Upworthy generated 200 million Facebook video views with a nine-person team
Upworthy says its decision to focus more resources toward video is working — but so far, it’s only working on Facebook.
In January, Upworthy topped 200 million views on Facebook for the first time, according to Tubular Labs. In fact, the publisher’s Facebook video audience has more than tripled over the past few months, up from 64.2 million in November 2015, according to Tubular. Compare this to YouTube, where Upworthy has nearly 154,000 subscribers and did just 209,000 views in December.
The 200 million milestone came during the same month Upworthy laid off 14 staffers in an effort to double down on digital video, which its co-founders called a “core growth driver.” The idea: to chase more lucrative video ad dollars, instead of relying on display ad revenue tied to clickbait articles.
But with almost all of Upworthy’s video viewership happening on Facebook, it might still be a while before it can capture substantial video-ad revenue. This is because while a lot of publishers are getting a lot of views on Facebook, the platform does not have a revenue-sharing program as mature as YouTube. Right now, the path to video revenue on Facebook is through sponsored content — which Upworthy is doing. In recent months, the company has worked with advertisers like The CW and Unilever on sponsored videos, and is actively talking to more clients for 2016, according to its head of video, Croi McNamara. She wouldn’t reveal if the video business is profitable yet, just that revenue has grown alongside video viewership in the last three months.
Upworthy’s video operations remains small with McNamara overseeing a team of only nine producers and editors. “We’re small and scrappy, but we’re punching way above our weight class,” she said. As part of the company’s pivot toward doing more video, she expects to grow that staff in 2016, particularly as it invests more in original content.
Last year, the company launched its first original series, “Humanity for the Win.” This year, it has several more planned, including two, “Testimony” and “Another Person’s Shoes,” coming in the next two weeks. (Upworthy also released two more episodes of “Humanity” in January, in addition to the two it published last year.)
On average, original content gets twice as many views as videos licensed from outside partners such as StoryCorps, according to McNamara. Its top video on Facebook, about a former Wall Street banker who started a pizza shop, has done more than 50 million views.
That said, licensed content still accounts for a vast majority of the publisher’s overall output. Of the 25 videos Upworthy publishes per week, only one or two are originals (this includes episodic series as well as one-offs such as this one of a father who paints his daughter’s nails).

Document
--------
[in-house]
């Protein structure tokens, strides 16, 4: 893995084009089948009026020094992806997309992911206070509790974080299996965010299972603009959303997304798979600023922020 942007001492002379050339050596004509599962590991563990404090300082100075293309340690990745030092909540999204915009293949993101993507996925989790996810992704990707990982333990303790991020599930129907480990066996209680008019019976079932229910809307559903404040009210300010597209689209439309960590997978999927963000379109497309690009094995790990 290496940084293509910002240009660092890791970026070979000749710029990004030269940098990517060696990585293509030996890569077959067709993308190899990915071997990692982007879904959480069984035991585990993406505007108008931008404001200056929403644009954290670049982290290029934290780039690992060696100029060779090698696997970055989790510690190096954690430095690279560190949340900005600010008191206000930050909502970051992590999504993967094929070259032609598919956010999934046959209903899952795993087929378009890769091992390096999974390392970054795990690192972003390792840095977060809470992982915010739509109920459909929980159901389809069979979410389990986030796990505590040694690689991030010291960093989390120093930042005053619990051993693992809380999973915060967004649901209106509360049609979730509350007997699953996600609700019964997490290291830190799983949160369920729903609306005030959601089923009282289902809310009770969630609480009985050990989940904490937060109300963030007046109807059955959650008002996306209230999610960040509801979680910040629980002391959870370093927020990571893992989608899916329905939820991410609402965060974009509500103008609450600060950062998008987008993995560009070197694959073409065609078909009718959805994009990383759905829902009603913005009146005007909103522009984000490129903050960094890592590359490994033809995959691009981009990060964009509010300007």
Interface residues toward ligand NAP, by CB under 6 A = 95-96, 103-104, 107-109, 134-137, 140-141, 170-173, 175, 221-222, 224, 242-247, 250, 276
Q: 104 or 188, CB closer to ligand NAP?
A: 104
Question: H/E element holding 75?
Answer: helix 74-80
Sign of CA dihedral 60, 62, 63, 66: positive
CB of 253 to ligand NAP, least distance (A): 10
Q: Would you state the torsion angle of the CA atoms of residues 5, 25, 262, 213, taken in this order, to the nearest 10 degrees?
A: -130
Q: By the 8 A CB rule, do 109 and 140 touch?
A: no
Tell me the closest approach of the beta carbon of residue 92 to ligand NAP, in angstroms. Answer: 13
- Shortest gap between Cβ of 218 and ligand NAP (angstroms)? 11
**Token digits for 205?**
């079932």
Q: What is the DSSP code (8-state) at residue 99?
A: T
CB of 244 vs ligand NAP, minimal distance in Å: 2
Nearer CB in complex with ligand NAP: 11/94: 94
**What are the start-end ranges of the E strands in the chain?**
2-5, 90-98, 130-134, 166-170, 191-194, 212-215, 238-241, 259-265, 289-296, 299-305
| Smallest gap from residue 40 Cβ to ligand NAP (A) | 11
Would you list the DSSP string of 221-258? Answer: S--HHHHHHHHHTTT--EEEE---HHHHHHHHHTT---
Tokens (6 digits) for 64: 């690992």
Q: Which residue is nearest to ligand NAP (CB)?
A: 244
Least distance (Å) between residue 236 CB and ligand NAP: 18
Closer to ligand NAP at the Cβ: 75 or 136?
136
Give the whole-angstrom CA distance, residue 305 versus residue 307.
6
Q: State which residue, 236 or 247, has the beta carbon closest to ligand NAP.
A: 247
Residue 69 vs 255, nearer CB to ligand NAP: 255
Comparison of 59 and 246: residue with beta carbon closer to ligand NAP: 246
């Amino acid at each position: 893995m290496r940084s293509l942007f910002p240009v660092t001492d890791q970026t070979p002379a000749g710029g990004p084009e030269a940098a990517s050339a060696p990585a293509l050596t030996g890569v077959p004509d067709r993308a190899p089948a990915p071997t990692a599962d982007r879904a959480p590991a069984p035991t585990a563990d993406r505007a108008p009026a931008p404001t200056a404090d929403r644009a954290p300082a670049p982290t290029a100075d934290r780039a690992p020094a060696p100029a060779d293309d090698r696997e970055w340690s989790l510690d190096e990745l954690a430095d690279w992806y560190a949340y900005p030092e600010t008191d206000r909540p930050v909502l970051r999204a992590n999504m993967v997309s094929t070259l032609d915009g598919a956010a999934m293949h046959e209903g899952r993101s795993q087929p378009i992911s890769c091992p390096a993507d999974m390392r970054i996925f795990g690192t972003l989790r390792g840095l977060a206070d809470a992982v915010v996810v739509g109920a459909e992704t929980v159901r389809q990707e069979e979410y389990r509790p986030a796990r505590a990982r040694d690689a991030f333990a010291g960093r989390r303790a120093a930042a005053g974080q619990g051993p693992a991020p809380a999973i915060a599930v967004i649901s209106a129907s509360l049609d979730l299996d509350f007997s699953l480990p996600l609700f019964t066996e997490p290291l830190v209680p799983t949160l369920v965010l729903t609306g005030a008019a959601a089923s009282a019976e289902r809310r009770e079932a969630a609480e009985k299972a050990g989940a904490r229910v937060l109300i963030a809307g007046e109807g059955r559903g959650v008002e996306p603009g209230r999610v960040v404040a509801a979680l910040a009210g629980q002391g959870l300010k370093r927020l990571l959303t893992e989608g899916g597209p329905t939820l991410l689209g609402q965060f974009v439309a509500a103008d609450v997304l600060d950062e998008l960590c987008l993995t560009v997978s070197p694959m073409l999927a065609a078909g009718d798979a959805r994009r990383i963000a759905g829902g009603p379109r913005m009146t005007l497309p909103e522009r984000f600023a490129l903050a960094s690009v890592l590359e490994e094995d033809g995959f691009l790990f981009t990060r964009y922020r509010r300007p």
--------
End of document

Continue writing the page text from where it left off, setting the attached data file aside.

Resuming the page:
And while its success on Facebook has elicited interest from advertisers, the company acknowledges there’s greater potential if it can also succeed on YouTube, Instagram and other social video platforms.
“Our audience is loyal, they are interested in what we have to say,” said McNamara. “And we have a lot of social currency, so we’ll use that [to expand to] other social platforms.”
How publishers are handling the Juneteenth holiday this year
A number of publishers are observing Juneteenth this year, but not in the same way, with some making it an official holiday and others encouraging employees to use their PTO to take the day off.
Member ExclusiveMedia Briefing: How media companies’ DE&I efforts, office return statuses are affecting hiring
This week's Media Briefing looks at how issues like diversity, equity and inclusion and office return statuses are factoring into media companies' ability to hire people.
Cheat Sheet: How new antitrust bills could force more data access from Facebook and Google (and stop them from favoring their own services)
A set of bills proposed recently could force platforms to stop favoring their own services and give more data access and tech connectivity to others.
SponsoredIdentity solution fatigue is setting in: How to keep moving
By Kristina Prokop, CEO and co-founder, Eyeota As we move deeper into 2021, the desperate search for identity solutions that can smooth marketing organizations’ transitions to a cookieless world is reaching a fever pitch. There’s no shortage of new identifiers and identity technologies vying for attention — and that’s a big part of the problem. […]
Single-source panel measurement is key to optimizing social media planning, says DISQO report
New study is based on responses from 166,000 U.S. consumers in February and March, each of whom voluntarily allowed to have their digital behaviors observed.
BuzzFeed will finally monetarily reward its Community users for their viral quizzes, lists
BuzzFeed is testing to see if user-generated content could identify new areas of coverage for its staff, and bring in niche audiences, with a new summer program that could pay a contributor up to $10,000 for a viral post.